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The Income Based Repayment plan and Roth conundrum. MFS or MFJ?

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  • The Income Based Repayment plan and Roth conundrum. MFS or MFJ?

    I am an incoming Intern in IM. My loans are $300000+. Naturally I went with the IBR plan and enrolled in a 10 year public service loan forgiveness. I should be making ~55,000 a year intern year. Here is the problem: my wife does not have student loans and makes ~80,000. I would be saving $700 a month if I file married filed separately. The problem is that if I do this then I cannot open a Roth IRA account. Are there any way around this or any alternative options for me?

  • #2
    You can just contribute to a traditional IRA, which has a deductibility limit of $10K for married filing separately.  So you do a TIRA, non-deductible.  Then backdoor Roth it.  Make sure you account for all costs when doing married filing separately - FICA, federal, loans, etc.

    https://www.irahelp.com/slottreport/contributing-ira-when-you-are-married-filing-separately

     

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    • #3
      Awesome! Thank you!

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      • #4




        I am an incoming Intern in IM. My loans are $300000+. Naturally I went with the IBR plan and enrolled in a 10 year public service loan forgiveness. I should be making ~55,000 a year intern year. Here is the problem: my wife does not have student loans and makes ~80,000. I would be saving $700 a month if I file married filed separately. The problem is that if I do this then I cannot open a Roth IRA account. Are there any way around this or any alternative options for me?
        Click to expand...


        Roth is never the problem because there's backdoor Roth.

        The biggest problem with MFS is with disparate incomes.  The MFS brackets are just half the MFJ brackets, hence the higher income will get disproportionately taxed at a higher rate.  However, at those low numbers, it shouldn't make *too* much of a tax difference, and if you're certain you're not paying the debt anyway (PSLF), then it *might* not be a bad idea.  Once you make more money, though, the tax disadvantage to MFS might become prohibitive.

        Why IBR?  IBR is almost never the best way to go.  Why not PAYE?  The payment is 2/3 as much (AGI-1.5pov)/120, as opposed to (AGI-1.5pov)/80.

        If there's any chance you may have to end up paying the debt, such as if you decide you don't want to be fully committed to a full-time W-2 employee of a nonprofit after training (for you, seven years if you don't do fellowship), and you can afford monthly payments, then you should consider doing RePAYE instead to prevent the additional accrued interest thanks to the 50% unpaid interest subsidy.

        Other than that, the MFS/PAYE/PSLF stack would probably be a good one for you to do, then once you lose your partial financial hardship, start doing MFJ (you can stay in PAYE).

        I can do math if you want, but that's the basics of it.  If you're 100% certain you can be all of: W-2 employed, full-time, and nonprofit, and certain enough Betsy Devos doesn't rob you, and while one spouse doesn't make too much more than the other, then the MFS/PAYE/PSLF stack is *probably* the good way to go.  Otherwise the hedge is RePAYE.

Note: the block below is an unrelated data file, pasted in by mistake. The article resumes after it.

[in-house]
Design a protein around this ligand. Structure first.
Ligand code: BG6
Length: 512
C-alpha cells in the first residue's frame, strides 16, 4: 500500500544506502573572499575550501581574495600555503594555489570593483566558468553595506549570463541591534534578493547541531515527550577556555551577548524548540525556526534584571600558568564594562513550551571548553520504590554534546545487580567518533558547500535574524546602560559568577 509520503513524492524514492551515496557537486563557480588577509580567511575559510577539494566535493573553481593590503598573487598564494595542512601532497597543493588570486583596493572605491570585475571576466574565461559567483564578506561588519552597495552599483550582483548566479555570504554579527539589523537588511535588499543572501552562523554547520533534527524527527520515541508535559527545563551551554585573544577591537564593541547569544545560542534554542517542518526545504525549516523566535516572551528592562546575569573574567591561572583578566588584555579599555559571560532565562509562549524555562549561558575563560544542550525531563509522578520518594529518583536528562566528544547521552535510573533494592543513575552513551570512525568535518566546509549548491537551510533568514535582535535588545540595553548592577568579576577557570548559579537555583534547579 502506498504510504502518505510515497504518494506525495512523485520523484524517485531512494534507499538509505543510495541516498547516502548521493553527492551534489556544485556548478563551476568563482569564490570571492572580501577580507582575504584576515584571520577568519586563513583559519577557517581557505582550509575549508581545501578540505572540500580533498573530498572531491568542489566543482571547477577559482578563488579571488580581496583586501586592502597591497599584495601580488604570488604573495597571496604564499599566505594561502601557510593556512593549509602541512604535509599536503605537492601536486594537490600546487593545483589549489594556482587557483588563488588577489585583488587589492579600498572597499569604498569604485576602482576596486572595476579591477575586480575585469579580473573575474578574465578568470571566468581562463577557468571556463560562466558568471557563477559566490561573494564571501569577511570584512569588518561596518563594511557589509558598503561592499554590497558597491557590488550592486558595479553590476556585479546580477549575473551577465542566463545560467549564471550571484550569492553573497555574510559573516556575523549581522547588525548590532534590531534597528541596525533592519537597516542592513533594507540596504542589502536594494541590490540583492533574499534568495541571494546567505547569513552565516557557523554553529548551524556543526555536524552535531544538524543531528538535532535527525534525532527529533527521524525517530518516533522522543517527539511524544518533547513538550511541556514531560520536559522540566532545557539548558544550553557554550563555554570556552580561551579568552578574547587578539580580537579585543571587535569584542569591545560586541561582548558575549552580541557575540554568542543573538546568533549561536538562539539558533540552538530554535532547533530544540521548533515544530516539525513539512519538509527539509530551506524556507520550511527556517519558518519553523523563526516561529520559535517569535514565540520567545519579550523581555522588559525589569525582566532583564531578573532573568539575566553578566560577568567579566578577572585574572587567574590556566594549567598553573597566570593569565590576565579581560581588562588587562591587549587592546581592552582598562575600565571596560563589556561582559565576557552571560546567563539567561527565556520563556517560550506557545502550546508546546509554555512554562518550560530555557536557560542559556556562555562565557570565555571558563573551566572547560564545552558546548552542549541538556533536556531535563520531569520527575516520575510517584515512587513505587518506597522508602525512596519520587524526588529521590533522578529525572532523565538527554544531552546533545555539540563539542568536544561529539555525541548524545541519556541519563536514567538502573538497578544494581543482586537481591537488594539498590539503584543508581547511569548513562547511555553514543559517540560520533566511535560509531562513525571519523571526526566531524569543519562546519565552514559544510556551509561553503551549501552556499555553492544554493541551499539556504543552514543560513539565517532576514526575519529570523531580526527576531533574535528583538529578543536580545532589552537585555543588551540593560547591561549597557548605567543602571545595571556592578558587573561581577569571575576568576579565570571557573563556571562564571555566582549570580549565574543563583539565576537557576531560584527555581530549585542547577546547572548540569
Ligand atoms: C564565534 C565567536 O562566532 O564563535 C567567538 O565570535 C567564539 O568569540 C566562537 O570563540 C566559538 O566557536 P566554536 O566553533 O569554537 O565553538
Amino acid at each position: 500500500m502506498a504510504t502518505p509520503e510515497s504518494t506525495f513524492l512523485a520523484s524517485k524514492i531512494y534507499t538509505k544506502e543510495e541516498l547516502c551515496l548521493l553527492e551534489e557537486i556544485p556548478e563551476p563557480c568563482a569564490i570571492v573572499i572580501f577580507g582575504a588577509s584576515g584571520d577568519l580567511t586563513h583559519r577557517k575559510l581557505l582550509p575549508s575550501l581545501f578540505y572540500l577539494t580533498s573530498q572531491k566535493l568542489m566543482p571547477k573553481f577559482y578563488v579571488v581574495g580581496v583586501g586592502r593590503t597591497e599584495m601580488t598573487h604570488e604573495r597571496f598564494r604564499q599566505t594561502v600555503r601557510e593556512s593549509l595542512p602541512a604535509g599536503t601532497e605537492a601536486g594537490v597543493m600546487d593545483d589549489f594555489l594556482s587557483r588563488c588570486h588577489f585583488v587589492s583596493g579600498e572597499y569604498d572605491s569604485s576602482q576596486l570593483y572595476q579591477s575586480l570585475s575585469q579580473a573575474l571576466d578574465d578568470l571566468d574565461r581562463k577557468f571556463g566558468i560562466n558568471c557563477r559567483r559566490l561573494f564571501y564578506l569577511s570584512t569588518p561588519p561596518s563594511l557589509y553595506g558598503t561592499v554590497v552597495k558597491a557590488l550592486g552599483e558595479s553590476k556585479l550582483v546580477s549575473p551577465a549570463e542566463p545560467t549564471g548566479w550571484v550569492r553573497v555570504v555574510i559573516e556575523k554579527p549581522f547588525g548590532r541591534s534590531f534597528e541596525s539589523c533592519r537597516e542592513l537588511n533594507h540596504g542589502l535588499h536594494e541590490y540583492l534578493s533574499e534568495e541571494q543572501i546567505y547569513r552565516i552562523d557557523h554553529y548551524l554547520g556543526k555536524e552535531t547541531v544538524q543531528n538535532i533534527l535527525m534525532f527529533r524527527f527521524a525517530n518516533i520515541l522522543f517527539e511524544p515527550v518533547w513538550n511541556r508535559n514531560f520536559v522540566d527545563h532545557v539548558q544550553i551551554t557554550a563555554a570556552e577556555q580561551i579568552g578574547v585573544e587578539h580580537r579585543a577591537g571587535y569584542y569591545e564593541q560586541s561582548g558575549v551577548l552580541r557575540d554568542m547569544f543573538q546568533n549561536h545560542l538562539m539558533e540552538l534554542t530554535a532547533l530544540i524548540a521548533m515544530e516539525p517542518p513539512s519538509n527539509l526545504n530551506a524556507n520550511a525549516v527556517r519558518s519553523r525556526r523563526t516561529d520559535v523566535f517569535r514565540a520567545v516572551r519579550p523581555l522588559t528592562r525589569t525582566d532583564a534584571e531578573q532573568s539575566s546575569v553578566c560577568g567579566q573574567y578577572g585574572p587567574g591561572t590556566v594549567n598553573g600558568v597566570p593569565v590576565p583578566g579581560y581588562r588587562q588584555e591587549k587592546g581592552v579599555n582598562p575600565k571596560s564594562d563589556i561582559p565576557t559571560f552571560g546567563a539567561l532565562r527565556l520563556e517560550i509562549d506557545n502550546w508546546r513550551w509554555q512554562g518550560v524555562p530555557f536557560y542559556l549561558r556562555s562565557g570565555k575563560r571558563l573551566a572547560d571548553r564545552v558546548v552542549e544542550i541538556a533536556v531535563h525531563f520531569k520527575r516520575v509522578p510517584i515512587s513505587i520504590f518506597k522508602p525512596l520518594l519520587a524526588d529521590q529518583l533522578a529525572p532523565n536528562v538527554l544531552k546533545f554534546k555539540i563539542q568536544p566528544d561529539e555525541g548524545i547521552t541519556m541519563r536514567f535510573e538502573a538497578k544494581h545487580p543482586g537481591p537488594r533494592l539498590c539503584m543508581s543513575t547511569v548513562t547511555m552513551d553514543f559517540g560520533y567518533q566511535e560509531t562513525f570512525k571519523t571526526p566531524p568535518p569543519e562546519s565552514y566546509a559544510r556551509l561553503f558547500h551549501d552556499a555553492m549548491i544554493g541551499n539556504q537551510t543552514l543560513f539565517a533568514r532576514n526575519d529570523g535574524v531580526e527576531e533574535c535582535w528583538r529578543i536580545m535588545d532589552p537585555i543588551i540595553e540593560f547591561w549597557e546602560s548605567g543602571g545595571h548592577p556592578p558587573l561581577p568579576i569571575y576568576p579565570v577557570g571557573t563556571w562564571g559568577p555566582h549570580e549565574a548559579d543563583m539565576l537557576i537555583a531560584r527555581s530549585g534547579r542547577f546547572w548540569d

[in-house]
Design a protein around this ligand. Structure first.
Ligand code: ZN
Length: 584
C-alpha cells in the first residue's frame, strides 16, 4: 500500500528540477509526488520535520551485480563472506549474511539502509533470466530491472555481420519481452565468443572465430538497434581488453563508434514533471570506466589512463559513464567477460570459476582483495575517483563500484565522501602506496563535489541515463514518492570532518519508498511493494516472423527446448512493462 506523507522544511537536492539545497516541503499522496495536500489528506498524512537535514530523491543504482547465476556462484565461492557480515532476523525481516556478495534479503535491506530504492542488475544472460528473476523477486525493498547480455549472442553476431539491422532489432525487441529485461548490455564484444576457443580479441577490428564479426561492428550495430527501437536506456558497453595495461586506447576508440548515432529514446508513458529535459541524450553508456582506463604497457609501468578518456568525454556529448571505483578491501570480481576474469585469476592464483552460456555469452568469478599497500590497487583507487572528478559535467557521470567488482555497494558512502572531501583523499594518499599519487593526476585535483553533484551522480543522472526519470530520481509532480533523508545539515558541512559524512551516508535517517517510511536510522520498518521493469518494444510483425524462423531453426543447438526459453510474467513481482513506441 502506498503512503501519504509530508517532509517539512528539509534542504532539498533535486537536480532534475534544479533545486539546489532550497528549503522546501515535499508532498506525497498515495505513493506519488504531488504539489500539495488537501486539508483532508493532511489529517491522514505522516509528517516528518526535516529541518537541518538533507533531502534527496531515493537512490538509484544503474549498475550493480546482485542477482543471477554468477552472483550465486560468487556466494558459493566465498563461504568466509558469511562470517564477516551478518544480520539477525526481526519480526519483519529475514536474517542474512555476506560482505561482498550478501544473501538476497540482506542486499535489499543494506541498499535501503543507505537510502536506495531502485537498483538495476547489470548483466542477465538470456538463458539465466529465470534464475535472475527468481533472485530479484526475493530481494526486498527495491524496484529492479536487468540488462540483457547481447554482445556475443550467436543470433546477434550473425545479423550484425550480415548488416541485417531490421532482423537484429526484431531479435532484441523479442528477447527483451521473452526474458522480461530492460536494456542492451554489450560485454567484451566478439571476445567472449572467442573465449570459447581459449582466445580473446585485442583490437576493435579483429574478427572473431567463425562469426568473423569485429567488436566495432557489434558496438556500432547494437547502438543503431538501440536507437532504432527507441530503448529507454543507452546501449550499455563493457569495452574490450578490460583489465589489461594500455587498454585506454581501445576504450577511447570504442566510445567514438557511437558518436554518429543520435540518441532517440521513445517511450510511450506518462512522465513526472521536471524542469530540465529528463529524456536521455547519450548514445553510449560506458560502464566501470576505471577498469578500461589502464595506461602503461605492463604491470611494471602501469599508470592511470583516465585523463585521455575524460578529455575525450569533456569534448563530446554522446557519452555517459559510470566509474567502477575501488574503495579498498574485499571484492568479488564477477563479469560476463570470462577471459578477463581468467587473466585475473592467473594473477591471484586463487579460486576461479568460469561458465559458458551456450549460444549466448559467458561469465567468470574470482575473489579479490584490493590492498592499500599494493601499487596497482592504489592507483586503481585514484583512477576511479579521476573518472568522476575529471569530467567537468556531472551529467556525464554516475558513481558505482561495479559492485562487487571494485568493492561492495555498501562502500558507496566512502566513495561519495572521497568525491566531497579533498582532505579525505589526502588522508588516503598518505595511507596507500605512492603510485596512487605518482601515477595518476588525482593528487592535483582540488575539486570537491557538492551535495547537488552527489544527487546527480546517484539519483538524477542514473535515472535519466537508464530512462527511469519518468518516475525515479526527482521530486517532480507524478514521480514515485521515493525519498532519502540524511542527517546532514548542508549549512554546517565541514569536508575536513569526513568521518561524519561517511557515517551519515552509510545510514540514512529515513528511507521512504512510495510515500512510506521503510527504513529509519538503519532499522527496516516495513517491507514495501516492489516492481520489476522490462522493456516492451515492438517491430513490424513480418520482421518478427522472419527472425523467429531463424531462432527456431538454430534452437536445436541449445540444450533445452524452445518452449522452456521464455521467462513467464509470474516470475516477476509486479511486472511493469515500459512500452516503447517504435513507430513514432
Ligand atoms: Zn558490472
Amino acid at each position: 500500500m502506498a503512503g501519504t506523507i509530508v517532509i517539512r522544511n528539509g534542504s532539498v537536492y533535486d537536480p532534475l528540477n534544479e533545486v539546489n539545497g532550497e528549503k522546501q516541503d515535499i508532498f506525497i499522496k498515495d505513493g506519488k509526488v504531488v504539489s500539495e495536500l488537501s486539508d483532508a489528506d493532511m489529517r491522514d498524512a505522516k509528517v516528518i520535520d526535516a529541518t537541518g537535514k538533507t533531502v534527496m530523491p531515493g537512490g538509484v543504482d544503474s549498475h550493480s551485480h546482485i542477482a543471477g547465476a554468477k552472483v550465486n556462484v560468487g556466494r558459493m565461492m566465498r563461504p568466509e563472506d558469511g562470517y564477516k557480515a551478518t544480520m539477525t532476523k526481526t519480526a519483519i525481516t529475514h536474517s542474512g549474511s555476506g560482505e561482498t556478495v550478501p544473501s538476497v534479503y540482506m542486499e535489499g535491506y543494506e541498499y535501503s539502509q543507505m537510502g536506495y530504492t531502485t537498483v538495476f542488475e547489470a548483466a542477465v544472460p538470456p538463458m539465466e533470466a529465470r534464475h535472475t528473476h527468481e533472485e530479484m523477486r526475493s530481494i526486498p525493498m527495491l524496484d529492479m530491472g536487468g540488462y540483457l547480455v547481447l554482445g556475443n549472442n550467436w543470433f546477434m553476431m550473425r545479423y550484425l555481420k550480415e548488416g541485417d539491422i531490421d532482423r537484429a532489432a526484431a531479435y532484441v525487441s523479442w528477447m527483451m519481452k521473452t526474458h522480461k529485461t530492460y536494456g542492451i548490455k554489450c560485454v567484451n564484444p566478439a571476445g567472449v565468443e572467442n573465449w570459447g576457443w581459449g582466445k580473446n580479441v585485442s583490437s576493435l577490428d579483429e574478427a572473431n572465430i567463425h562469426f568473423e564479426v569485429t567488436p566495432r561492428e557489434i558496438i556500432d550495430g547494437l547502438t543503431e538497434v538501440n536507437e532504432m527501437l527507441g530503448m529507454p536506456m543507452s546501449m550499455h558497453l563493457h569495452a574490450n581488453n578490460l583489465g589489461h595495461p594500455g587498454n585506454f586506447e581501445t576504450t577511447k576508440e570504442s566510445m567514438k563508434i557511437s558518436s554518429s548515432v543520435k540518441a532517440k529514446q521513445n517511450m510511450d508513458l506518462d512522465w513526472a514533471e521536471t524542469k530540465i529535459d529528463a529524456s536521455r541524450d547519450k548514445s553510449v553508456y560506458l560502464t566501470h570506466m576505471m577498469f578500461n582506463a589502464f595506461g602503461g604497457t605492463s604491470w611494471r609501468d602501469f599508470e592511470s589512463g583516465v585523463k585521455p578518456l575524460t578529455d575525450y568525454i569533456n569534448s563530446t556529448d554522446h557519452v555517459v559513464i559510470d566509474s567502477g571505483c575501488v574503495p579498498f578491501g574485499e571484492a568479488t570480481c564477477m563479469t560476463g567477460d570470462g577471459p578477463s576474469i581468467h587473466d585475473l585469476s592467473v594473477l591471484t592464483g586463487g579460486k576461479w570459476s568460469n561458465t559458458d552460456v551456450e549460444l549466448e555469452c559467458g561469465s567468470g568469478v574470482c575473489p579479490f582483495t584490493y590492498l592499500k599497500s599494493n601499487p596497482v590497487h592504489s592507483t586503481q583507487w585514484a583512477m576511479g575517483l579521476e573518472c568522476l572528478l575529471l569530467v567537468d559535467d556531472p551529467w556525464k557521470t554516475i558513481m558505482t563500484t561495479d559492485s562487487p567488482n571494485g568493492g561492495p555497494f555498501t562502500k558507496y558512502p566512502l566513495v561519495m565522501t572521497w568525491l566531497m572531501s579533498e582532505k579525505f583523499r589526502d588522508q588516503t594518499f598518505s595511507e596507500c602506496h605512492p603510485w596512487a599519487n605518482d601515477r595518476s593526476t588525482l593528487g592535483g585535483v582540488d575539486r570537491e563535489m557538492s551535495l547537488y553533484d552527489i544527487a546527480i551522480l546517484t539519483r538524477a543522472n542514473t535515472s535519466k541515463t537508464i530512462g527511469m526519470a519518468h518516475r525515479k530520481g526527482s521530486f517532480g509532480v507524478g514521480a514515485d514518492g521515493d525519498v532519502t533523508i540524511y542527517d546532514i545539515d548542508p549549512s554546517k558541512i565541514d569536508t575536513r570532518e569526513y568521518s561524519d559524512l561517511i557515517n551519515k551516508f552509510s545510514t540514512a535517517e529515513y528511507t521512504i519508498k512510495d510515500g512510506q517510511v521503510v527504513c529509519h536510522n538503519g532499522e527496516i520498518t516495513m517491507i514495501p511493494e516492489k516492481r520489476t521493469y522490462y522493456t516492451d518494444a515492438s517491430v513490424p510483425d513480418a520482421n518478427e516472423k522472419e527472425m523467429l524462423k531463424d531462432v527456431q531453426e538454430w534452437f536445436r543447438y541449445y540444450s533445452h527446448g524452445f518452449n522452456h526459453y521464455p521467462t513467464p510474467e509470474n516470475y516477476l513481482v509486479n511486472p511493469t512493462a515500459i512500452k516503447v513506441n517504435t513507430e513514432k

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        • #5
          Thank you for the advice! Oops I did make a mistake i am PAYE. I am hoping the government doesn't screw me so I plan to MFS at least during residency. Also plan to implement a backdoor roth. My residency offers a Roth 403b, but I think i'll max out the roth IRA before touching the 403b

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          • #6




            Also plan to implement a backdoor roth. My residency offers a Roth 403b, but I think i’ll max out the roth IRA before touching the 403b
            Click to expand...


            You are not passing up matching funds, are you? If not, I agree with your attack plan.
            Working to protect good doctors from bad advisors. Fox & Co CPAs, Fox & Co Wealth Mgmt. 270-247-6087

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            • #7
              Oh, and I beg your pardon for being off-topic and silly, but *The* Income-Based Repayment Plan? What's with the definite article? Did you go to *The* Ohio State University or something? :-D

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              • #8




                Oh, and I beg your pardon for being off-topic and silly, but *The* Income-Based Repayment Plan? What’s with the definite article? Did you go to *The* Ohio State University or something? ?
                Click to expand...


                That was cruel and unusual  :P . I'm going to be really careful in the future.
                Working to protect good doctors from bad advisors. Fox & Co CPAs, Fox & Co Wealth Mgmt. 270-247-6087

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                • #9
                  Using *The* is something I'm very silly about at work. I'll emphasize it like *The* nephrotic syndrome, *The* syndrome of inappropriate anti-diuretic hormone, *The* Mycobacterium avium complex...if you watch college sports you'll sometimes notice schools (particularly OSU) pretentiously emphasize the *The* when mentioning it. Here's an example: http://www.foxsports.com/ohio/story/dayton-paper-tweaks-ohio-state-with-headline-032114

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                  • #10
                    i prefer indefinite articles; as in, I have made An Art.

                    It is an problem.

                     

                    I had a NICU attending who would pronounce abnormal A-B-normal, then extend to words where it didn't make sense. Shoulder A-B-duction.

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